1. Think before you type: Nothing on the internet is truly private, so take a minute to think before you update your status on Facebook or tweet about your life. Do you really want that to be public? Maybe your friends can handle it – but what about your family overseas? and your boss? your colleagues? your potential employers? Words cannot be taken back, even in the digital world.

2. Take privacy settings seriously: Social media applications are constantly tweaking and reformatting their privacy settings, because they know, better than their users do, that privacy is a shaky veil – it’s not impenetrable. Review weekly or monthly your privacy settings online, and ensure that the changes made aren’t affecting the existing filters set up.

3. Be cautious: The integration features, as well as the platforms available are tempting, but once again not fool proof. Did you know that on Facebook – if you tag a friend in a photo, then all his/her friends have access to that particular album? Even if they aren’t friends of yours and/or part of your network, they can view that album. Instead try using Flickr to upload your photos, and send the link to the album to your friends via email – it’s more secure, ensures that your pictures are shared only to those friends that you want to share it with.

4. Just because you can, doesn’t mean you have to: So you CAN install that superpoke application on Facebook, and you CAN provide a running update of every single detail of your life. You CAN complain about your job, and you CAN upload inappropriate photos. Doesn’t mean you should.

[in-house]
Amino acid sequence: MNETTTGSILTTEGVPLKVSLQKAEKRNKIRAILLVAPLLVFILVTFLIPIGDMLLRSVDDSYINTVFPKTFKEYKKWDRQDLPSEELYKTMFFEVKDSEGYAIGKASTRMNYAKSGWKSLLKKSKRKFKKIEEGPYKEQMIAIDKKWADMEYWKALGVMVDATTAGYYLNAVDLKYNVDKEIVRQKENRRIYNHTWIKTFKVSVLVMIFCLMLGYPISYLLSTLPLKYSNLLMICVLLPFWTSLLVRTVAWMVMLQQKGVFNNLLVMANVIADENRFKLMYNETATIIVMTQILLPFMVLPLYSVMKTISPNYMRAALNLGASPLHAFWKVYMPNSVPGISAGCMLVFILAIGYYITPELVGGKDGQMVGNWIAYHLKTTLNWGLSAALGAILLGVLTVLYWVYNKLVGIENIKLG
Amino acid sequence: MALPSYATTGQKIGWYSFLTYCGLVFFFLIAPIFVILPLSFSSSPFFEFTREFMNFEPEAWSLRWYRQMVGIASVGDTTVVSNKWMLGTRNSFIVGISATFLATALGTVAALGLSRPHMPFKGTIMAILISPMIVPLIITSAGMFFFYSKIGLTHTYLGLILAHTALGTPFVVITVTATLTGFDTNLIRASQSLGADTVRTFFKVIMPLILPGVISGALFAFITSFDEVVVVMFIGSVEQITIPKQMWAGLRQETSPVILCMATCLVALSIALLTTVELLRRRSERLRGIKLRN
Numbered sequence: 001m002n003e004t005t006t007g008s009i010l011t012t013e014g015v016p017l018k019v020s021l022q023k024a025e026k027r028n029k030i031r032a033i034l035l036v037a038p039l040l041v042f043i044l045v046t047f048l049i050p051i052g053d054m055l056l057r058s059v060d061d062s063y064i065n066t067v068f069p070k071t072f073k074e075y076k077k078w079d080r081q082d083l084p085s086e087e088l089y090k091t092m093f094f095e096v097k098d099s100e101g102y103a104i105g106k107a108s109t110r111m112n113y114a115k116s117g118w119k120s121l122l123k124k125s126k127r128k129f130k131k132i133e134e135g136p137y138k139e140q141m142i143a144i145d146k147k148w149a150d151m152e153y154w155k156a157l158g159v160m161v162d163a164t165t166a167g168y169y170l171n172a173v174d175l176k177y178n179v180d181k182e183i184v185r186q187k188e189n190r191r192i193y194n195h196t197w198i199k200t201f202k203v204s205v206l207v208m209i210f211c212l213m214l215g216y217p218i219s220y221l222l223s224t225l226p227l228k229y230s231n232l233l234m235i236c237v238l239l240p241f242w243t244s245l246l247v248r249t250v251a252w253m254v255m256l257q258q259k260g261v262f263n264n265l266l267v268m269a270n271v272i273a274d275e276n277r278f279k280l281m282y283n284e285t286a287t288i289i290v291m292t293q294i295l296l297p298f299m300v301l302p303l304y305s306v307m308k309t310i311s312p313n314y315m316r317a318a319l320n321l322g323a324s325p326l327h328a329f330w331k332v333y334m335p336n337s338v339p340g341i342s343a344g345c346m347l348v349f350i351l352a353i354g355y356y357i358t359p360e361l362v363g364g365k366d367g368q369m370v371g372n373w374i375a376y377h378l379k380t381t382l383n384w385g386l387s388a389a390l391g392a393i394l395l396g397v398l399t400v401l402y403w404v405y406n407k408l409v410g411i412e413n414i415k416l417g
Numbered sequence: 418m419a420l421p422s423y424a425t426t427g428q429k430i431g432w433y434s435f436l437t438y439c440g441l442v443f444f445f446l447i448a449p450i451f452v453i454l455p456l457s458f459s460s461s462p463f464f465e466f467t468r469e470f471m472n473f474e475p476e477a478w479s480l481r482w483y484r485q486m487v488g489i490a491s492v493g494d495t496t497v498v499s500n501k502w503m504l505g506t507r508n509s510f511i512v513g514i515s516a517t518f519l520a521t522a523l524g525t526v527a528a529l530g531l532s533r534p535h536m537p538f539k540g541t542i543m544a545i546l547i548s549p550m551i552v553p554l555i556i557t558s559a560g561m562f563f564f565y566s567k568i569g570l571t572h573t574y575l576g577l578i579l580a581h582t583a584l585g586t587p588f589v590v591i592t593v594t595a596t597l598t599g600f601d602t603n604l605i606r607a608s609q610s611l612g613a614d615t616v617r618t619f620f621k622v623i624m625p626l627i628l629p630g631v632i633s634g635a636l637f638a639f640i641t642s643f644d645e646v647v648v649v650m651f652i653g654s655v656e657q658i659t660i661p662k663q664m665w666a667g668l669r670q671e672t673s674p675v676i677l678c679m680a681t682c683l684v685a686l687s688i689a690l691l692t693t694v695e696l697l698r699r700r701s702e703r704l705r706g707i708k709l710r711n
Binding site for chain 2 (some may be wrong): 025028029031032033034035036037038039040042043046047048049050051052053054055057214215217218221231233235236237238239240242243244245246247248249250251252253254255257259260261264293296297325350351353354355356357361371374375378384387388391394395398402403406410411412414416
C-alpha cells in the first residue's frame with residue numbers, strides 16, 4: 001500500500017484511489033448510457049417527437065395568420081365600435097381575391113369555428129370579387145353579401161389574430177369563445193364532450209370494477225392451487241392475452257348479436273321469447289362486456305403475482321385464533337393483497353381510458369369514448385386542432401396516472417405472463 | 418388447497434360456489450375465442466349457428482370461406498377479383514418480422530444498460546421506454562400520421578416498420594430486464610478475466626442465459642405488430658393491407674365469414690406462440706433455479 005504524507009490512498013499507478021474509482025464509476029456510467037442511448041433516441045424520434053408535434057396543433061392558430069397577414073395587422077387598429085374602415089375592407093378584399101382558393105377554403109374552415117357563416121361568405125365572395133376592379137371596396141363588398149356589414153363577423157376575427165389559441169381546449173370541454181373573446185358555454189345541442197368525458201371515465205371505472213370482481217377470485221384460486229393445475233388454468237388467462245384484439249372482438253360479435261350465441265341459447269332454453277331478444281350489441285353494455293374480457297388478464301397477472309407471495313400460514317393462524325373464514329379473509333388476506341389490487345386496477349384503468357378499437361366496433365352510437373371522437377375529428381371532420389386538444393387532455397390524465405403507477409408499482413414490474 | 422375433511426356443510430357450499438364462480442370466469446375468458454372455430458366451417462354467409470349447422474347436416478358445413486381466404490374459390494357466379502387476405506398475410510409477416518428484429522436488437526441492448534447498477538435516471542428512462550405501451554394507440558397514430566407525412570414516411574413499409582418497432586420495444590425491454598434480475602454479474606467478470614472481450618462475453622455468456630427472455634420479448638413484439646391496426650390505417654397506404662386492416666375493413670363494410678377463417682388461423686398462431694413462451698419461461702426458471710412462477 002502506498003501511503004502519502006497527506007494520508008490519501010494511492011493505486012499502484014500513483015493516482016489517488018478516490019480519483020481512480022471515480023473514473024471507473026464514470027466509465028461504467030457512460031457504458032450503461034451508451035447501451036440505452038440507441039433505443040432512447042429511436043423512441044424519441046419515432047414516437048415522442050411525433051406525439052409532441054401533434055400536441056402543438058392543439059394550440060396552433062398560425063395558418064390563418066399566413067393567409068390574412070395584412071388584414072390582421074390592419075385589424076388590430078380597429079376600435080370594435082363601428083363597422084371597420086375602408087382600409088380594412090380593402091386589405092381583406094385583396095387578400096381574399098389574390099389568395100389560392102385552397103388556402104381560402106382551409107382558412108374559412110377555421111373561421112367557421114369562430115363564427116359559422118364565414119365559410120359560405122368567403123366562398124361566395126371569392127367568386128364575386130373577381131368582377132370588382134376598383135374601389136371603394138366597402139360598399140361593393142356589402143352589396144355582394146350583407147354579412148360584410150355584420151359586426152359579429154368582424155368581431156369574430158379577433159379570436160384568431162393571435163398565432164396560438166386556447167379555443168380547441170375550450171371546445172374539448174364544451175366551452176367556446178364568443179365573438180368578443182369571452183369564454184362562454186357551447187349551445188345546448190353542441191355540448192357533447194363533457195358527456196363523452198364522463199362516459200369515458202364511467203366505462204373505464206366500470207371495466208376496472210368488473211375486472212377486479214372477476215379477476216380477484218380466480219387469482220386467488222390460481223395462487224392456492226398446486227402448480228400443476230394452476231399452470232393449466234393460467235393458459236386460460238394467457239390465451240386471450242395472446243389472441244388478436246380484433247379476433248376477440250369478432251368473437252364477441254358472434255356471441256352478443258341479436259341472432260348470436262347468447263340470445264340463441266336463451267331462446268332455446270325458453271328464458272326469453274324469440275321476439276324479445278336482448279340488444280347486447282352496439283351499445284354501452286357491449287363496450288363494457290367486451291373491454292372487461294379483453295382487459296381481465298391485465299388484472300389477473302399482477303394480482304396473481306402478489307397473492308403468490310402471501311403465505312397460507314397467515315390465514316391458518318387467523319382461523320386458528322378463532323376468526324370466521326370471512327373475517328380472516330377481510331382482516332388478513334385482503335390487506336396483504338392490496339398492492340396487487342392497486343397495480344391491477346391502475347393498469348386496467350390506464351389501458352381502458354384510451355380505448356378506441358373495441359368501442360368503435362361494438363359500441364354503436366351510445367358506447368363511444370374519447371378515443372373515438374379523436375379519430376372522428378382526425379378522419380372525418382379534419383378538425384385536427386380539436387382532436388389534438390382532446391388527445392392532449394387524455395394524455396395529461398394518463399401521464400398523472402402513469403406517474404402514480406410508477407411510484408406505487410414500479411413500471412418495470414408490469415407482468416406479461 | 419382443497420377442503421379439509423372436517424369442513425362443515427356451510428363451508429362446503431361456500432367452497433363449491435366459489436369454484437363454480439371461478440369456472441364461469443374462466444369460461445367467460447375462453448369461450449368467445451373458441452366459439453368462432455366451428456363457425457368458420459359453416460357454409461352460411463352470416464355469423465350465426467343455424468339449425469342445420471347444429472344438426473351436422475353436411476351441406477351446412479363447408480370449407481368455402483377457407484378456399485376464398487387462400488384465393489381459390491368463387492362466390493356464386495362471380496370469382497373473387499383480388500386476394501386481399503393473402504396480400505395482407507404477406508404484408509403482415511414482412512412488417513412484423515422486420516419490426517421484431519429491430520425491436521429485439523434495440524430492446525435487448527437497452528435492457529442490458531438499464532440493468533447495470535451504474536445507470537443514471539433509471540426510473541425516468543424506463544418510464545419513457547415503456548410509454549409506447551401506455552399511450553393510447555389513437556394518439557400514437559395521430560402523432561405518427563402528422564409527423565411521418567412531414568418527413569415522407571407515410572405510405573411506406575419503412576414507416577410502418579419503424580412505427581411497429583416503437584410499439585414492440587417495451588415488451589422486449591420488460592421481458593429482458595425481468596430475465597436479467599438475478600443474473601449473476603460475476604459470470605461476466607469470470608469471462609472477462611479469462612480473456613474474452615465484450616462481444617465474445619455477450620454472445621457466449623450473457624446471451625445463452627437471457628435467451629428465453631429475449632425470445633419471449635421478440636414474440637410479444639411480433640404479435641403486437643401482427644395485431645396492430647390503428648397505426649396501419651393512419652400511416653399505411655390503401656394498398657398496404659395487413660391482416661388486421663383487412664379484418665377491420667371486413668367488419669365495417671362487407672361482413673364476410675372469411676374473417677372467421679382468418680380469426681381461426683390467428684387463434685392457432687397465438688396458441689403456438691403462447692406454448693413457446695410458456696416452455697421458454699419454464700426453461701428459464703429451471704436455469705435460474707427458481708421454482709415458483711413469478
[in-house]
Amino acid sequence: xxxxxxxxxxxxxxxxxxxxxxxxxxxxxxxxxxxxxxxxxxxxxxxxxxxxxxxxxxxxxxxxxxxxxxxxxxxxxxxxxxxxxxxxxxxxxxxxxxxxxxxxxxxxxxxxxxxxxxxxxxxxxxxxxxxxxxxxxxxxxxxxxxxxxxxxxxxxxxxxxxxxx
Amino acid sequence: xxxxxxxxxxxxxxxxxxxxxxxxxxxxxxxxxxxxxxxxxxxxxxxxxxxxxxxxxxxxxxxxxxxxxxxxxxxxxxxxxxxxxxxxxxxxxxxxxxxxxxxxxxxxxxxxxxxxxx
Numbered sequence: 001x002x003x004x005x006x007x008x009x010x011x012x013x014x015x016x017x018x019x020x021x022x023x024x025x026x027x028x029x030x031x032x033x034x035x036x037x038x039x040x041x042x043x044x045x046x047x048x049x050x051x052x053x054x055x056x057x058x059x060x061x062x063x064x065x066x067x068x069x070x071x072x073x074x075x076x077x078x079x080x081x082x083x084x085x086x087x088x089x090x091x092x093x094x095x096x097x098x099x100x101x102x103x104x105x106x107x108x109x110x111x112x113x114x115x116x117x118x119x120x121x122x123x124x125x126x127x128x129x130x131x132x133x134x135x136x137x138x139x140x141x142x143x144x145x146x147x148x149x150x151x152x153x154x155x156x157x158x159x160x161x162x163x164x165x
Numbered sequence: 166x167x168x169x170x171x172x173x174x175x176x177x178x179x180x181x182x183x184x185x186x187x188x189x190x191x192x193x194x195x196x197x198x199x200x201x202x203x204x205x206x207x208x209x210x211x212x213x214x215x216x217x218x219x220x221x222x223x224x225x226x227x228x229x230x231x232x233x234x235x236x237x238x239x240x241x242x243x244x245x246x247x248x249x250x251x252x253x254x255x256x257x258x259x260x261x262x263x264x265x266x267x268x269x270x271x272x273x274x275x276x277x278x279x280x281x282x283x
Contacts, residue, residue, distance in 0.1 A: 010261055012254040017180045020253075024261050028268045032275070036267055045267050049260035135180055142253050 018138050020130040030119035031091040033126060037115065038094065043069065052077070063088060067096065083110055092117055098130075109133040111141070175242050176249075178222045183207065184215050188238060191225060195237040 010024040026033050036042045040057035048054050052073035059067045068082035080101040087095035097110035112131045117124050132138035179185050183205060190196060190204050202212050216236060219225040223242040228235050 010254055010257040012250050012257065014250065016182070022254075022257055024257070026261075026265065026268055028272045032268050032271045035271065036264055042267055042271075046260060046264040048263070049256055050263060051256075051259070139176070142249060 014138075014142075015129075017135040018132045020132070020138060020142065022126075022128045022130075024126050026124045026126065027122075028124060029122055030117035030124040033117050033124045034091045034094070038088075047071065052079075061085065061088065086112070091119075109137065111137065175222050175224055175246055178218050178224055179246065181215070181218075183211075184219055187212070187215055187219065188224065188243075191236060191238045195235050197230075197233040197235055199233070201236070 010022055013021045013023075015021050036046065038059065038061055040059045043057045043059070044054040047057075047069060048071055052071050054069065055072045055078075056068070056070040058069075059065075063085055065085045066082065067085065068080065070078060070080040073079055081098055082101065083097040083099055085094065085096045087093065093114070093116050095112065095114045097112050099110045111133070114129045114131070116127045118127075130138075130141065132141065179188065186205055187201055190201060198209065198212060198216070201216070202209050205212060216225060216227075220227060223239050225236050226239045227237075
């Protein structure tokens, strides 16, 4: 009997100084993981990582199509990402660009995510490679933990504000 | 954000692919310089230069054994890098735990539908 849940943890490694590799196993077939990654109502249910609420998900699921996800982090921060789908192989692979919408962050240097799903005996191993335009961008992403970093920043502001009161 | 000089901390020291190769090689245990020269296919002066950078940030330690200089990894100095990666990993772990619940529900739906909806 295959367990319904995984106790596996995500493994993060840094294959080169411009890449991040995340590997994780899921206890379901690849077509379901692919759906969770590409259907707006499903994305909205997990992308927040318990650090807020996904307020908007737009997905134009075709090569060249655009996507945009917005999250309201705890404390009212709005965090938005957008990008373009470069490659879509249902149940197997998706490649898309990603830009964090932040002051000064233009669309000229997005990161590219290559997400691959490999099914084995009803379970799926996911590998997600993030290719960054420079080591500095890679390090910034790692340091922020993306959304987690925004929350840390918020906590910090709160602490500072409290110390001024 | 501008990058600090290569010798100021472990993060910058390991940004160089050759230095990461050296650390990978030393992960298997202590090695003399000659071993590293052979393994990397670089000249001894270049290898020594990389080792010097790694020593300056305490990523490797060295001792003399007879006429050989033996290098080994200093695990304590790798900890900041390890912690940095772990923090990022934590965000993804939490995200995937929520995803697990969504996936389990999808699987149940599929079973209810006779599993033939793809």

5. Leverage your online presence: Create an online identity. Manage it well. Get involved in forums where you want to be seen, leverage your facebook and twitter accounts to promote your blog, network and establish a connection with the people you admire and wish to learn from. The transparency of the internet means that your online activity creates an impression about you – make sure that impression counts. It can be useful when you decide to start that marketing blog, or apply for a job you really want.

6. Google search yourself, from time to time: It’s best to be aware of the activity surrounding all your online accounts. You may not realize what your online identity says about you. This way you can delete and control the damage that you might have made when you were 15 and used to blog incessantly about your angsty life. Or leverage it, if that’s what you want to do. Either way, it’s best to know what you are saying about you (and maybe what others are saying about you as well) on the web.

7. Take responsibility for your online presence: Integrity is an admirable attribute on the internet as well. If you’ve publicly made a mistake, own up to it, then rectify it. Unlike the physical world, negative impressions travel fast, and cause long lasting damage.

Got any more you can think of? Feel free to add to the list by commenting on this post.